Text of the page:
UNITED STATES of America, Plaintiff-Appellee,
Martin Jay HERMAN, Defendant-Appellant.
United States Court of Appeals,
Feb. 16, 1994.
16 F.3d 418
NOTICE: Although citation of unpublished opinions remains unfavored, unpublished opinions may now be cited if the opinion has persuasive value on a material issue, and a copy is attached to the citing document or, if cited in oral argument, copies are furnished to the Court and all parties. See General Order of November 29, 1993, suspending 10th Cir. Rule 36.3 until December 31, 1995, or further order.
ORDER AND JUDGMENT1
Before TACHA, BRORBY and EBEL, Circuit Judges.
After examining the briefs and the appellate record, this three-judge panel has determined unanimously that oral argument would not be of material assistance in the determination of this appeal. See Fed. R.App. P. 34(a); 10th Cir. R. 34.1.9. The cause is therefore ordered submitted without oral argument.
Mr. Herman entered a guilty plea to the charge of being a felon in possession of a firearm and was sentenced to forty months imprisonment. Mr. Herman appeals his sentence asserting he was wrongfully denied a two-level decrease in the computation of his base offense level for acceptance of responsibility. We affirm.
The controversy at sentencing revolved, in part, around the fact of whether Mr. Herman knew the gun he possessed was stolen. The presentence report reflected it was. Mr. Herman argued his version of the facts was more reliable than that of the two individuals who furnished the information contained in the presentence report.
The sentencing court found Mr. Herman failed to accept responsibility "in the sense the guidelines contemplate." The court found Mr. Herman had a story for everything and nothing was his fault. The sentencing court further found Mr. Herman hedged and lied and this conduct did not evidence an acceptance of responsibility.
Mr. Herman appeals asserting he admitted he was a felon in possession of a firearm and therefore accepted responsibility. Mr. Herman argues the other matters related by the sentencing court are collateral and are not relevant in determining whether or not he accepted responsibility for his conduct. In short, Mr. Herman argues the sentencing court can look only to the actual charged offense to determine acceptance of responsibility. Mr. Herman is wrong.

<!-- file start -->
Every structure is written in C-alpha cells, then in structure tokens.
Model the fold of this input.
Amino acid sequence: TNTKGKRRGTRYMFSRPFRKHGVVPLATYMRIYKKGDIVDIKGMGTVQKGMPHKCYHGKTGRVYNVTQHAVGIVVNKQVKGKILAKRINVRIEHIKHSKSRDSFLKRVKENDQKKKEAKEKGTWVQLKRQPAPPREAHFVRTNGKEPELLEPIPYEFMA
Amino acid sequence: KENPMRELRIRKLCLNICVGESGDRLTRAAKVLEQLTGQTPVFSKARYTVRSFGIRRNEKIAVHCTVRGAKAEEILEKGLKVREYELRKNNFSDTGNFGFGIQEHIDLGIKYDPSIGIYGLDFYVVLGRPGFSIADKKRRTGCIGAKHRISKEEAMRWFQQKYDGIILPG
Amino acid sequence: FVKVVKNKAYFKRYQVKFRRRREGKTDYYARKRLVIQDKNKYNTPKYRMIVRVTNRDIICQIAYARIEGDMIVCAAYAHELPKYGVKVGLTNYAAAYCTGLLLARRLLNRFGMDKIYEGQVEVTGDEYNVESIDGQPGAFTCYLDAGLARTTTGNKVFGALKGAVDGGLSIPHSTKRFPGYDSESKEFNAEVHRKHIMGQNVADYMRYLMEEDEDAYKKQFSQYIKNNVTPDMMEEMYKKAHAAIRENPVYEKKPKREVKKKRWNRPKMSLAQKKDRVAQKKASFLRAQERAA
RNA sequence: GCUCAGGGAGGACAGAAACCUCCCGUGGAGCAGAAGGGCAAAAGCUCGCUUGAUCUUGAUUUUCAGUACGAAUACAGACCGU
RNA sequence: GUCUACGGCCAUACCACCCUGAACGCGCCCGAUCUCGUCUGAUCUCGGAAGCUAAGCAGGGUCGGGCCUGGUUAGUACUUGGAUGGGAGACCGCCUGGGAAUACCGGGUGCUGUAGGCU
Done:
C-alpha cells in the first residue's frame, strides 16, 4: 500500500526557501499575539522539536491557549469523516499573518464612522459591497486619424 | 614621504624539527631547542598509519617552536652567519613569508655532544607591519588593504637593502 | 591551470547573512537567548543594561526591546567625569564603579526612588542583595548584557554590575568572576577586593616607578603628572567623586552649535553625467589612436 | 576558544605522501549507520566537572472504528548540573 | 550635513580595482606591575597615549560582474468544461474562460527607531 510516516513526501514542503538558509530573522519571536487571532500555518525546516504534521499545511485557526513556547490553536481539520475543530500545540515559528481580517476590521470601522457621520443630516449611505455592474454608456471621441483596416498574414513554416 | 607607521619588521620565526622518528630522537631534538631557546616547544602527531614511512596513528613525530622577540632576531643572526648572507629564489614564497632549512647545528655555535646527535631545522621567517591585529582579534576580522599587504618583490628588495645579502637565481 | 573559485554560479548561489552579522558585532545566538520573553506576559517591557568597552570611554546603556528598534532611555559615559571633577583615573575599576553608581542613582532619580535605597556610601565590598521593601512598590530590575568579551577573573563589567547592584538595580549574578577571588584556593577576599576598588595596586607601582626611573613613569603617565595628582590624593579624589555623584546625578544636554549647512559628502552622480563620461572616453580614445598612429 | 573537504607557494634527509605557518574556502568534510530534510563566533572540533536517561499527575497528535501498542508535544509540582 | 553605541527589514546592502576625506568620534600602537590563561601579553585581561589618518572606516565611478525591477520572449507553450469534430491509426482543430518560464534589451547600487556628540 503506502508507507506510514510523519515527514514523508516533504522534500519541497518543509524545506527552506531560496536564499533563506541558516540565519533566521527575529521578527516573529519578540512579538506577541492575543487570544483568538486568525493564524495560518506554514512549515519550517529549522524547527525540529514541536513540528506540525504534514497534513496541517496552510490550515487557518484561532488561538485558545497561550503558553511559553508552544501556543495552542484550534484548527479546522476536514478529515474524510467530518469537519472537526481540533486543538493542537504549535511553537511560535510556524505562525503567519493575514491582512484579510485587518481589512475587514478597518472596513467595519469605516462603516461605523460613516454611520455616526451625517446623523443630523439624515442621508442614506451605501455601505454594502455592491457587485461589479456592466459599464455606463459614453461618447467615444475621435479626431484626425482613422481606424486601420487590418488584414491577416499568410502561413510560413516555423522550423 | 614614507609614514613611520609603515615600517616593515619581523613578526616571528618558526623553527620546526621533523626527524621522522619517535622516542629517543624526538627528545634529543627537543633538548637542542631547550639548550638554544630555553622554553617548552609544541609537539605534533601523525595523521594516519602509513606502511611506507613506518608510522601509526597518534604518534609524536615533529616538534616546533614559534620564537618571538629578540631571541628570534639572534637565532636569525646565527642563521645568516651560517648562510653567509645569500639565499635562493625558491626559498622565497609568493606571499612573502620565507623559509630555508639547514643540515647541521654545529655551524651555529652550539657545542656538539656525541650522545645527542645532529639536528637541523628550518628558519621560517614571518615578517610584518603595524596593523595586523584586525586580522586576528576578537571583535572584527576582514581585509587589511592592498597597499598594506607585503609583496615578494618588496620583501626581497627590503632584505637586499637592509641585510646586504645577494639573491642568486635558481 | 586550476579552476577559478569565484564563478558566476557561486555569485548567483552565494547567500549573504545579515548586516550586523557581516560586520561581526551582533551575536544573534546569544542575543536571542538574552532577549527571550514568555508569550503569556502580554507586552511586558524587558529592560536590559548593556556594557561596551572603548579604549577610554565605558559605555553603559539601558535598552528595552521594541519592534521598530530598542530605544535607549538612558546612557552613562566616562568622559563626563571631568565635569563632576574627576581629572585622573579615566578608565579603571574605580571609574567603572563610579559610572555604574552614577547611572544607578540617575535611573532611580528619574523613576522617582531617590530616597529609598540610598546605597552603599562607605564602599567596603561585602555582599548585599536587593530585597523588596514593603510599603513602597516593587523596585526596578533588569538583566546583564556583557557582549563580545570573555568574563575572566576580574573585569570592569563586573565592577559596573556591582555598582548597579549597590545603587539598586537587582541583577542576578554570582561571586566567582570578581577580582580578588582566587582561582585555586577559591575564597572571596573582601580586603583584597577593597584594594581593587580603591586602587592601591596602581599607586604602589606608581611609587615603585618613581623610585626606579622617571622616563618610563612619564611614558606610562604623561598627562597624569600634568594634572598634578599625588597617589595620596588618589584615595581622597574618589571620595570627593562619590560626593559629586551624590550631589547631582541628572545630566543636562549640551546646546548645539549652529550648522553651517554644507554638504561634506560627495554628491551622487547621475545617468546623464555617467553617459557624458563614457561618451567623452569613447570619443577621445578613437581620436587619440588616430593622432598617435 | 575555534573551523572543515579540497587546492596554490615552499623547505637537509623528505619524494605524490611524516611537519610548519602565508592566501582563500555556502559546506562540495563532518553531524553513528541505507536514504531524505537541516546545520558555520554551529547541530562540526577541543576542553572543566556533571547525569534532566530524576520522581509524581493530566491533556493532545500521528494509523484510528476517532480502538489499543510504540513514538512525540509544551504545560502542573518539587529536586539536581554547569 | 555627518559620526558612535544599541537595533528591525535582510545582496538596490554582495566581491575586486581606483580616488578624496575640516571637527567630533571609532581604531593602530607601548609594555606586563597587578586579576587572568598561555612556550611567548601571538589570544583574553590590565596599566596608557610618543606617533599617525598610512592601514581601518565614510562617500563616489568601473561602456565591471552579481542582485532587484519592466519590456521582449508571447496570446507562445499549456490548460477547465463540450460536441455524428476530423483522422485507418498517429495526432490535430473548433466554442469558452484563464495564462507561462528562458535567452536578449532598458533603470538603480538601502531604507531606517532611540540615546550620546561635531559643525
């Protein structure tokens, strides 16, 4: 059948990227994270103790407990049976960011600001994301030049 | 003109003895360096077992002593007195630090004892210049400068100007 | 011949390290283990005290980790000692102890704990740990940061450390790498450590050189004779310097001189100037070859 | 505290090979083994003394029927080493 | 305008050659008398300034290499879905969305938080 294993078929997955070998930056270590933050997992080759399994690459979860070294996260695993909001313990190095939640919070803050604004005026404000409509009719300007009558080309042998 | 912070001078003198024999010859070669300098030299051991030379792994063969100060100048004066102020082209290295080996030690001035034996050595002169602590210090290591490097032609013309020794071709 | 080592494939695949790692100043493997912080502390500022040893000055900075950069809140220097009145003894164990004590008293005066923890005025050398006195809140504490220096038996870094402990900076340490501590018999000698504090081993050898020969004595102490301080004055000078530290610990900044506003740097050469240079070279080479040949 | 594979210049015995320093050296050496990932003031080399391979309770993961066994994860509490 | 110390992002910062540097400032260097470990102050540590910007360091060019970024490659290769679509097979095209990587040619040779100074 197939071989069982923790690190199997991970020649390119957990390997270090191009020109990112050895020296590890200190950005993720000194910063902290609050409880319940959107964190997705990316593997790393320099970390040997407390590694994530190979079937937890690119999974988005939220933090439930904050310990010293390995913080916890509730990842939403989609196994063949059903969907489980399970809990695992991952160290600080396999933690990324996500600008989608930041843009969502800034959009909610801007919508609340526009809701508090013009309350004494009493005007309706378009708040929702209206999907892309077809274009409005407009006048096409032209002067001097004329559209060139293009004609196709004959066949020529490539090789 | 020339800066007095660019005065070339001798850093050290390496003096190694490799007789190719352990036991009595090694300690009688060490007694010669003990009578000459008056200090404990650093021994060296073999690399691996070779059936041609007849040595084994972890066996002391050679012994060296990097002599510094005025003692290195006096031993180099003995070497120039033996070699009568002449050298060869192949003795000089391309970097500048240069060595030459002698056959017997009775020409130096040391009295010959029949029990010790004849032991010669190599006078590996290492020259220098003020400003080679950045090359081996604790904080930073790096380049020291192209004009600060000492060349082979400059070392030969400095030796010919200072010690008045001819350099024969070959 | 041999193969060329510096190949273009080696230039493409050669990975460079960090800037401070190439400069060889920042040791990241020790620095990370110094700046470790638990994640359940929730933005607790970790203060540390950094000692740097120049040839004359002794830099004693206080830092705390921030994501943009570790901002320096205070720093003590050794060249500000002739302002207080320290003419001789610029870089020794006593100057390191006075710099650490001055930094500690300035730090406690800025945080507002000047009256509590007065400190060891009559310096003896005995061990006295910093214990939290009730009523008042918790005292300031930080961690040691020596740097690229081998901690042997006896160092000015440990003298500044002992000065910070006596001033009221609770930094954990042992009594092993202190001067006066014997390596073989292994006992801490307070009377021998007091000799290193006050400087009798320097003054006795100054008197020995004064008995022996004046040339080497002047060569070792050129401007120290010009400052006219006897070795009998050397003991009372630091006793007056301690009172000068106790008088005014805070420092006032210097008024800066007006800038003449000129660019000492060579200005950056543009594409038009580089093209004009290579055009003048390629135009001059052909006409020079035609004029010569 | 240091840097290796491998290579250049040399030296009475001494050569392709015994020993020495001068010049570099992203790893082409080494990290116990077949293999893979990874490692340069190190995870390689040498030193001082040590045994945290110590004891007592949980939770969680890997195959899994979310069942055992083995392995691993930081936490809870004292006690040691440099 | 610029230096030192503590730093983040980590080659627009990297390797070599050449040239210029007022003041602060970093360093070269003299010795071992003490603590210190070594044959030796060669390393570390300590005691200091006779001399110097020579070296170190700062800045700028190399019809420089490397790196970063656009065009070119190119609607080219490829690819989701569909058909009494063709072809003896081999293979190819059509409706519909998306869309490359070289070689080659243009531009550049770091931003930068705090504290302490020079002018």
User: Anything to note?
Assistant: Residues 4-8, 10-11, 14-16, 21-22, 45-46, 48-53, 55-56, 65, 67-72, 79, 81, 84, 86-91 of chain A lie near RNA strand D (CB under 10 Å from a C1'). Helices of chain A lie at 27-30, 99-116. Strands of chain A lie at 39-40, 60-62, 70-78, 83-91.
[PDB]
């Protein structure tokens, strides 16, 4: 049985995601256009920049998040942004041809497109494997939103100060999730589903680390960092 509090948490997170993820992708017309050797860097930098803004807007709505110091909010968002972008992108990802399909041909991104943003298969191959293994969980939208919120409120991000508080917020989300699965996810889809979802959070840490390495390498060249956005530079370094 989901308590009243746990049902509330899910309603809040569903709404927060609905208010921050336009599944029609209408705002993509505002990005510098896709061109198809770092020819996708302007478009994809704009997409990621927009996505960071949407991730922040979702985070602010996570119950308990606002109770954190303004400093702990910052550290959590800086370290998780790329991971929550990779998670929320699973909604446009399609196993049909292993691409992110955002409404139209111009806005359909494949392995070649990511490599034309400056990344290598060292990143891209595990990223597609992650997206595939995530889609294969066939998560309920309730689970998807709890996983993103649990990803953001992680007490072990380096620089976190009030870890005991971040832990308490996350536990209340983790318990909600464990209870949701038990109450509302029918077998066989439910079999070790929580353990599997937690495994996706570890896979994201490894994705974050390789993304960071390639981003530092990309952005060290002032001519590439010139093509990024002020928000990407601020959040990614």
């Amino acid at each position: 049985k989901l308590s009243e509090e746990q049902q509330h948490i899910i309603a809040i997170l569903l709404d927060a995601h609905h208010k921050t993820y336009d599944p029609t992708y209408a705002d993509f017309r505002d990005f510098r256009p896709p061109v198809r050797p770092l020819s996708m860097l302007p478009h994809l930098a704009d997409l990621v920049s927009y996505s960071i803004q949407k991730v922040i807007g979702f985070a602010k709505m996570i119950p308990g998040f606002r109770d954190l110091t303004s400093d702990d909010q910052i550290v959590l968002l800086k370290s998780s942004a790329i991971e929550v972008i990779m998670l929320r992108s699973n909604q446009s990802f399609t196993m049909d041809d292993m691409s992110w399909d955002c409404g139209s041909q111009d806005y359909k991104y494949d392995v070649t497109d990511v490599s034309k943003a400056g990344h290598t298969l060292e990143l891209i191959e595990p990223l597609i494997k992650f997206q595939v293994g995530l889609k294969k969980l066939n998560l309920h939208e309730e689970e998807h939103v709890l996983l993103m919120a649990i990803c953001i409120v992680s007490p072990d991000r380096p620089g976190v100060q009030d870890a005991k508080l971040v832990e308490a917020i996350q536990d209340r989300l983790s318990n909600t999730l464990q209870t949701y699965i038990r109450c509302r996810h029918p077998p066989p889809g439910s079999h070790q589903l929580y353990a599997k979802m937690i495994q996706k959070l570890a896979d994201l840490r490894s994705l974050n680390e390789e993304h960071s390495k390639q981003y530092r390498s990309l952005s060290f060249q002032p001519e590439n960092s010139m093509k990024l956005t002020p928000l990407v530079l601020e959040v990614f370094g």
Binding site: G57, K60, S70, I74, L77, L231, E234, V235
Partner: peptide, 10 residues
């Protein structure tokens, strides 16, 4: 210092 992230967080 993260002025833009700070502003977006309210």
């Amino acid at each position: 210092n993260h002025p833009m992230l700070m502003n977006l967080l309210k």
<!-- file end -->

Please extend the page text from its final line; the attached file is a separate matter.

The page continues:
The sentencing court's determination of acceptance of responsibility is a factual determination we review under a clearly erroneous standard. United States v. Hoenscheidt, 7 F.3d 1528, 1531 (10th Cir.1993).
United States v. Vaughn, 7 F.3d 1533 (10th Cir.1993), is dispositive. There we held that an "entry of a guilty plea and truthfully admitting the conduct compromising the offense of conviction may be outweighed by conduct of the defendant that is inconsistent with an acceptance of responsibility." Id. at 1537. In the case before us, Mr. Herman continued to make false denial of his relevant conduct. Whether or not Mr. Herman knew the pistol was stolen at the time he possessed it is relevant conduct. Further, as found by the sentencing court, it remains clear that Mr. Herman's conduct in lying about the details of the offense is inconsistent with an acceptance of responsibility.
The judgment and sentence is AFFIRMED.
This order and judgment is not binding precedent, except under the doctrines of law of the case, res judicata, and collateral estoppel. The court generally disfavors the citation of orders and judgments; nevertheless, an order and judgment may be cited under the terms and conditions of the court's General Order filed November 29, 1993. 151 F.R.D. 470